(NewsNation) — About one-third of America’s veterans have admitted to having been arrested at least one time in their lives, according to a preliminary report released this week by the Council on Criminal Justice.
The most recent Justice Department data shows that there are 181,500 veterans in American prisons and jails: about 8% of inmates incarcerated in state prisons and more than 5% of people in federal prisons were veterans.
“Most veterans in prison (69%) are serving time for violent crimes; nearly twice as many veterans as non-veterans are serving life sentences,” the report claimed.
Col. Jim Seward, the director of the Veterans Justice Commission, broke down the study’s findings and explained why it is important for Americans to find a better solution to supporting the country’s veterans.
“We ask our young men and women to fight and win our nation’s wars. We ask them to learn things that no young person should have to learn, and they execute those missions with success,” Seward said. “And then when their contract is over, we ask them to come home. We ask them to be normal, and some of them struggle. Many do just fine and lead our nation, lead our states and run our nation’s businesses. But some of our veterans are falling through the cracks.”
The report claims that the transition from military service to civilian life creates difficulties for veterans, and research has identified some risk factors that could influence engagement in criminal activity.
“Deployment-related trauma exposure and increased incidence of mental health and substance use disorders elevate veterans’ risk of making contact with the justice system,” the report said.
Seward explained that there is a combination of risk factors such as post-traumatic stress, traumatic brain injury, military sexual trauma and the many deployments military personnel experience more frequently.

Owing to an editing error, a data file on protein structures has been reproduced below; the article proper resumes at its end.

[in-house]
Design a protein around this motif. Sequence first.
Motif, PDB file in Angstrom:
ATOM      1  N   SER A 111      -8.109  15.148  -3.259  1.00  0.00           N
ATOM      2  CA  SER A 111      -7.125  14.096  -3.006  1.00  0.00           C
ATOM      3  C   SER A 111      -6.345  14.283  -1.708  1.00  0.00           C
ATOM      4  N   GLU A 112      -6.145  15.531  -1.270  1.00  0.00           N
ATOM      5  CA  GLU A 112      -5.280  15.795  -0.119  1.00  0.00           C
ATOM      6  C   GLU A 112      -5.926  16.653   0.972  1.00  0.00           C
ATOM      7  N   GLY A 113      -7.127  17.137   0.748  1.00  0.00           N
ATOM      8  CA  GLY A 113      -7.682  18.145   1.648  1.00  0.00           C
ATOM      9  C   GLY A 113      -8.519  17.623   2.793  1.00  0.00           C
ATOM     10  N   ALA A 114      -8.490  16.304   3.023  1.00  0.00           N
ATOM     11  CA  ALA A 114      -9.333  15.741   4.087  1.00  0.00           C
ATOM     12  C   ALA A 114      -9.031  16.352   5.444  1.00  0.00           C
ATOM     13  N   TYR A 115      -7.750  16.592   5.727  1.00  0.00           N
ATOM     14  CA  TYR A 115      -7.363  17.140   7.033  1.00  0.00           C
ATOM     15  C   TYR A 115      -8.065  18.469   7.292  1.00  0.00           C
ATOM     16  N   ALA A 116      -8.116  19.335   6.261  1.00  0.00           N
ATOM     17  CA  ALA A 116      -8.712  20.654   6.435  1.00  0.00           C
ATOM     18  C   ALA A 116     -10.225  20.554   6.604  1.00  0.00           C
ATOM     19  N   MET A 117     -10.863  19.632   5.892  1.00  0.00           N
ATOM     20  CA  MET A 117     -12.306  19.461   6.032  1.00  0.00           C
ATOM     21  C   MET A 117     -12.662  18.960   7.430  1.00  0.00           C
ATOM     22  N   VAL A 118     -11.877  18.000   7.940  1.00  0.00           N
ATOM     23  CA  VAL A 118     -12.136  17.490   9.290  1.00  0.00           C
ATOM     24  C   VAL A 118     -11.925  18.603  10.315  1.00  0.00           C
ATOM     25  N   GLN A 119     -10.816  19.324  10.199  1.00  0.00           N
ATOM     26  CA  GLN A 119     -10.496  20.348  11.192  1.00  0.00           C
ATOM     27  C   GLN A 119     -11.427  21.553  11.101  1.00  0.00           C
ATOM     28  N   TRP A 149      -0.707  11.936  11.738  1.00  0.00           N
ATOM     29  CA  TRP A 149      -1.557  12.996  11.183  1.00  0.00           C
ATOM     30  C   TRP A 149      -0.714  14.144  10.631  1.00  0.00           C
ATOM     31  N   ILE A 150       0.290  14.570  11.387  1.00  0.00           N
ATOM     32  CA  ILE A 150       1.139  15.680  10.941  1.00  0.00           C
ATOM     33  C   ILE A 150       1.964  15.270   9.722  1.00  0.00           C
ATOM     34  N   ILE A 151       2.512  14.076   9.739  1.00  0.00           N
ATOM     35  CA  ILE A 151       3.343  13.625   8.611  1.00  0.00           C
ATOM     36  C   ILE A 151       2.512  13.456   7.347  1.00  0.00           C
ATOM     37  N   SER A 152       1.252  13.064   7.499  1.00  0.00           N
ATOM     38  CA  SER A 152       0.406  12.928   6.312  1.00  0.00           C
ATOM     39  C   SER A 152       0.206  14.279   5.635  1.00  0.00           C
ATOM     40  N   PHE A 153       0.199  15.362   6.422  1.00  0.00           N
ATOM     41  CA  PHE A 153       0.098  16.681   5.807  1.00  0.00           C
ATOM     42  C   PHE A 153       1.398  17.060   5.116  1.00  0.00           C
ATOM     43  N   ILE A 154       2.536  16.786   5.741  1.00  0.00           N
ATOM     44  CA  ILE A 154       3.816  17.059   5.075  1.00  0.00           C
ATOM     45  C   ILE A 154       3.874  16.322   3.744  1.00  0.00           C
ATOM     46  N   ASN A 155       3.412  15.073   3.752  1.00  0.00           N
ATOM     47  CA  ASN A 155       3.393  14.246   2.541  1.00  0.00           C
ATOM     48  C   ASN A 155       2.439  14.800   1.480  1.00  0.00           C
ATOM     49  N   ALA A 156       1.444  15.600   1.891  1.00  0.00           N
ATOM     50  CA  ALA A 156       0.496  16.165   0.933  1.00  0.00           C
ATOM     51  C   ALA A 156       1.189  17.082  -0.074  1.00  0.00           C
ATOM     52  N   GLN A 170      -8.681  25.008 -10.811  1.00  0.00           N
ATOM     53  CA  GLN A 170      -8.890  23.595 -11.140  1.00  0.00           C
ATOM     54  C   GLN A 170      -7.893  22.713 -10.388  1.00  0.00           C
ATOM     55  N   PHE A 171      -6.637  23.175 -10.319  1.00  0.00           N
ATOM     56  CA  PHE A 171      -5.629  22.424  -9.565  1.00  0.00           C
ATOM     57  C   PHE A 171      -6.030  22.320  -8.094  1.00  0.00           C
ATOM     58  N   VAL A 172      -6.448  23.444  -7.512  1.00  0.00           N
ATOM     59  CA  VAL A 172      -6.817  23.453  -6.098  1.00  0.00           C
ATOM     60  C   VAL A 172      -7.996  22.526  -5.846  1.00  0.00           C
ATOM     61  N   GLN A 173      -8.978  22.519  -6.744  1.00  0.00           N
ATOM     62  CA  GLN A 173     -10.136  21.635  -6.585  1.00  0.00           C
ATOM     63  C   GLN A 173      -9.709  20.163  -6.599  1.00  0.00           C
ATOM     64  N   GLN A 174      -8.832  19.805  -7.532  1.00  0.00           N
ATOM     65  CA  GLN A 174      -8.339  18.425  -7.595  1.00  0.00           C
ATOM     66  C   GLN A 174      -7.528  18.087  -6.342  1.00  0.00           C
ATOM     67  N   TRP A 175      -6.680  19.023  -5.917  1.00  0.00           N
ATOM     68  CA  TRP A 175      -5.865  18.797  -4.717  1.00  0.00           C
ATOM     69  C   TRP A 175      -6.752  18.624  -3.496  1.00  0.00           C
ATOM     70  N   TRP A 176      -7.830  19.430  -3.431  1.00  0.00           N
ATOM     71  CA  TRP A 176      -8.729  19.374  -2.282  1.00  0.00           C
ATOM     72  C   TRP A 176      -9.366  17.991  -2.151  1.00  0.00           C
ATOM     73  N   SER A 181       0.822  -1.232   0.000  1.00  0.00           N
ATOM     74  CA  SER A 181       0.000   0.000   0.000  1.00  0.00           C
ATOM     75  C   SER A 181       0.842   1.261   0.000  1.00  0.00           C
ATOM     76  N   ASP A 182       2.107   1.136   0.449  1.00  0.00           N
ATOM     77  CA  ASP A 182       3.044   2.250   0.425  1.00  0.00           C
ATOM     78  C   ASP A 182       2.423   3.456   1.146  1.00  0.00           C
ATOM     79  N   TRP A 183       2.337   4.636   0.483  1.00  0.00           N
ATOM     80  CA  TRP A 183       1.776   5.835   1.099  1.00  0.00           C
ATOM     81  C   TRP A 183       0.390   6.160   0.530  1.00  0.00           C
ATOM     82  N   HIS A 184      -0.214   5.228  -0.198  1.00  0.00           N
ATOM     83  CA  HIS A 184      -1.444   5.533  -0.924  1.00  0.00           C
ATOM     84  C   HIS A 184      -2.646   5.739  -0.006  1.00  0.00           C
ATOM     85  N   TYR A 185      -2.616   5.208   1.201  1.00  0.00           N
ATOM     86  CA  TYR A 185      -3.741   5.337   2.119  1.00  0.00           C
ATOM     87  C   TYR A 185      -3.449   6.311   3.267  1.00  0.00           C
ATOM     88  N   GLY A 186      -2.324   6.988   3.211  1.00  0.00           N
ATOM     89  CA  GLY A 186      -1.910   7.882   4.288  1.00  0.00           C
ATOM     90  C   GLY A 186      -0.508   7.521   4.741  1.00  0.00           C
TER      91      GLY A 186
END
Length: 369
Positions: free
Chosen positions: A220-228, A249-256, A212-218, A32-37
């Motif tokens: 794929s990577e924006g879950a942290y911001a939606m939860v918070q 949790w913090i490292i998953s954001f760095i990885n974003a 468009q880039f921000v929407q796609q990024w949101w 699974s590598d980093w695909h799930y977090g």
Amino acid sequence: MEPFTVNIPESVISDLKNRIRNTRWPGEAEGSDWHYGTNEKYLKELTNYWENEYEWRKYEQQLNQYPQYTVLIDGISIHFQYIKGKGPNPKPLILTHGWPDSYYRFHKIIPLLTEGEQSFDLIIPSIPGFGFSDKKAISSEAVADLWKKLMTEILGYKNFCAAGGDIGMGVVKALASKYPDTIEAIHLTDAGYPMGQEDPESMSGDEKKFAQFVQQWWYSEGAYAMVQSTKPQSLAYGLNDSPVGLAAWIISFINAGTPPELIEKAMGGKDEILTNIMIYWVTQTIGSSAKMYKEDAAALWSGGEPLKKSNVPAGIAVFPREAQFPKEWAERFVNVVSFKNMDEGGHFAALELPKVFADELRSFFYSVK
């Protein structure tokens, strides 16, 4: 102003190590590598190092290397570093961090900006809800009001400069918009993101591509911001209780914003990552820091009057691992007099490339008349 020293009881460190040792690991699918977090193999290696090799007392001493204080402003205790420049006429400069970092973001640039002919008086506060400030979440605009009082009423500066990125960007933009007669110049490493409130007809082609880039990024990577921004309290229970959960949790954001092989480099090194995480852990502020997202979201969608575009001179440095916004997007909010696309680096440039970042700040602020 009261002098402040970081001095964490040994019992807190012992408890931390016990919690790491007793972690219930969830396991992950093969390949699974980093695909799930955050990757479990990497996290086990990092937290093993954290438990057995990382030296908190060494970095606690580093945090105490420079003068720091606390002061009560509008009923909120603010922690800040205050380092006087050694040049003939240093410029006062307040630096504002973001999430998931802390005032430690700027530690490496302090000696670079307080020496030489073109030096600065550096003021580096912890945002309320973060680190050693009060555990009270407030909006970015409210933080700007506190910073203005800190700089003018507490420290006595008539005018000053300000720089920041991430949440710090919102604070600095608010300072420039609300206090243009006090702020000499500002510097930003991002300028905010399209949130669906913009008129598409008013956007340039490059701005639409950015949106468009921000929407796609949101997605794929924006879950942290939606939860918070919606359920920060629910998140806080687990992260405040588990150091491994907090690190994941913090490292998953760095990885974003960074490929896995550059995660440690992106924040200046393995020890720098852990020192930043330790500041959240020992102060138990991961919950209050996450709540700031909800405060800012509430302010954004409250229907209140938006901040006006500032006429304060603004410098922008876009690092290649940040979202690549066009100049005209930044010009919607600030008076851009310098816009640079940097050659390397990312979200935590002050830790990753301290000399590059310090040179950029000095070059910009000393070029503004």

“We see that our post-9/11 veterans have higher rates of PTSD than previous cohorts, and veterans with multiple deployments are three times more likely to have PTSD,” Seward said.
He explained that the Council on Criminal Justice launched the Veterans Justice Commission to take a look at the research that exists so that a solution to better help the nation’s veterans can be discovered. Seward said there are online databases that could help law enforcement identify a veteran, but many are unreliable because few police departments and jails are using the platforms. Plus, he mentioned most veterans who are booked into custody don’t mention they are veterans.
“As you might imagine, veterans often feel shame. They feel like they’ve disgraced the uniform or their service branch. And they don’t want people to know that they’re a veteran,” Seward said.
The report explains that over the past few years, new organizations — such as “veterans treatment courts and veteran-only housing unites” — have emerged to help improve support for veterans, especially when they are transitioning back home from overseas.
However, a growing number of veterans don’t qualify for Veterans Administration (VA) benefits, even if they don’t or haven’t engaged in criminal behavior. The service members that have been incarcerated struggle with any re-enrollment in benefits.